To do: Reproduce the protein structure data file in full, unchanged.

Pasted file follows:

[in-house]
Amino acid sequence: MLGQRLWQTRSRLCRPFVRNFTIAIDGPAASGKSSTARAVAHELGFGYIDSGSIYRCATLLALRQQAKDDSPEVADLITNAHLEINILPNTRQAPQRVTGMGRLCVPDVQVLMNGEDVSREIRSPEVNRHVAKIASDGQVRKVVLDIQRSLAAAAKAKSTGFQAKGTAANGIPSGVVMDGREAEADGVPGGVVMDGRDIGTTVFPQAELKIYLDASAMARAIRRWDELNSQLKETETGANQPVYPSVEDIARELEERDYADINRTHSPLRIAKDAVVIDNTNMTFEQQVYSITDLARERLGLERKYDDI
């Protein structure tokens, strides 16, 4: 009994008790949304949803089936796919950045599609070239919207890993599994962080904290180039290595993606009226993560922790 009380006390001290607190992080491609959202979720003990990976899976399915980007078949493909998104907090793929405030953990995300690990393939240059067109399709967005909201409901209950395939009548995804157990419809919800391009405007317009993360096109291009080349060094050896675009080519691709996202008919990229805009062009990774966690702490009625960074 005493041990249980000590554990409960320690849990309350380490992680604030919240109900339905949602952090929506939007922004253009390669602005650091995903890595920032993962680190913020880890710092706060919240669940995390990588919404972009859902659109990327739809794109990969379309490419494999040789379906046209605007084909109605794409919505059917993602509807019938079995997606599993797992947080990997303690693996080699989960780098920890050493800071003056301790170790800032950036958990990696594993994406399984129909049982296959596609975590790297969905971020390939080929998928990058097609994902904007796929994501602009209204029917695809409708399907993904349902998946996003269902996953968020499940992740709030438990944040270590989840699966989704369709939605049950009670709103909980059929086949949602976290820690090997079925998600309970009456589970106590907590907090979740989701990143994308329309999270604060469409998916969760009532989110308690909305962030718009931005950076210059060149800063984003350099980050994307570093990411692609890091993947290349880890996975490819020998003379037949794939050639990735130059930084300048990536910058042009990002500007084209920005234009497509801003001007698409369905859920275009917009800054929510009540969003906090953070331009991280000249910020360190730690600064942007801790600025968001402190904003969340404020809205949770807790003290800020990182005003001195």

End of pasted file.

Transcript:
[in-house]
Amino acid sequence: MLGQRLWQTRSRLCRPFVRNFTIAIDGPAASGKSSTARAVAHELGFGYIDSGSIYRCATLLALRQQAKDDSPEVADLITNAHLEINILPNTRQAPQRVTGMGRLCVPDVQVLMNGEDVSREIRSPEVNRHVAKIASDGQVRKVVLDIQRSLAAAAKAKSTGFQAKGTAANGIPSGVVMDGREAEADGVPGGVVMDGRDIGTTVFPQAELKIYLDASAMARAIRRWDELNSQLKETETGANQPVYPSVEDIARELEERDYADINRTHSPLRIAKDAVVIDNTNMTFEQQVYSITDLARERLGLERKYDDI
């Protein structure tokens, strides 16, 4: 009994008790949304949803089936796919950045599609070239919207890993599994962080904290180039290595993606009226993560922790 009380006390001290607190992080491609959202979720003990990976899976399915980007078949493909998104907090793929405030953990995300690990393939240059067109399709967005909201409901209950395939009548995804157990419809919800391009405007317009993360096109291009080349060094050896675009080519691709996202008919990229805009062009990774966690702490009625960074 005493041990249980000590554990409960320690849990309350380490992680604030919240109900339905949602952090929506939007922004253009390669602005650091995903890595920032993962680190913020880890710092706060919240669940995390990588919404972009859902659109990327739809794109990969379309490419494999040789379906046209605007084909109605794409919505059917993602509807019938079995997606599993797992947080990997303690693996080699989960780098920890050493800071003056301790170790800032950036958990990696594993994406399984129909049982296959596609975590790297969905971020390939080929998928990058097609994902904007796929994501602009209204029917695809409708399907993904349902998946996003269902996953968020499940992740709030438990944040270590989840699966989704369709939605049950009670709103909980059929086949949602976290820690090997079925998600309970009456589970106590907590907090979740989701990143994308329309999270604060469409998916969760009532989110308690909305962030718009931005950076210059060149800063984003350099980050994307570093990411692609890091993947290349880890996975490819020998003379037949794939050639990735130059930084300048990536910058042009990002500007084209920005234009497509801003001007698409369905859920275009917009800054929510009540969003906090953070331009991280000249910020360190730690600064942007801790600025968001402190904003969340404020809205949770807790003290800020990182005003001195």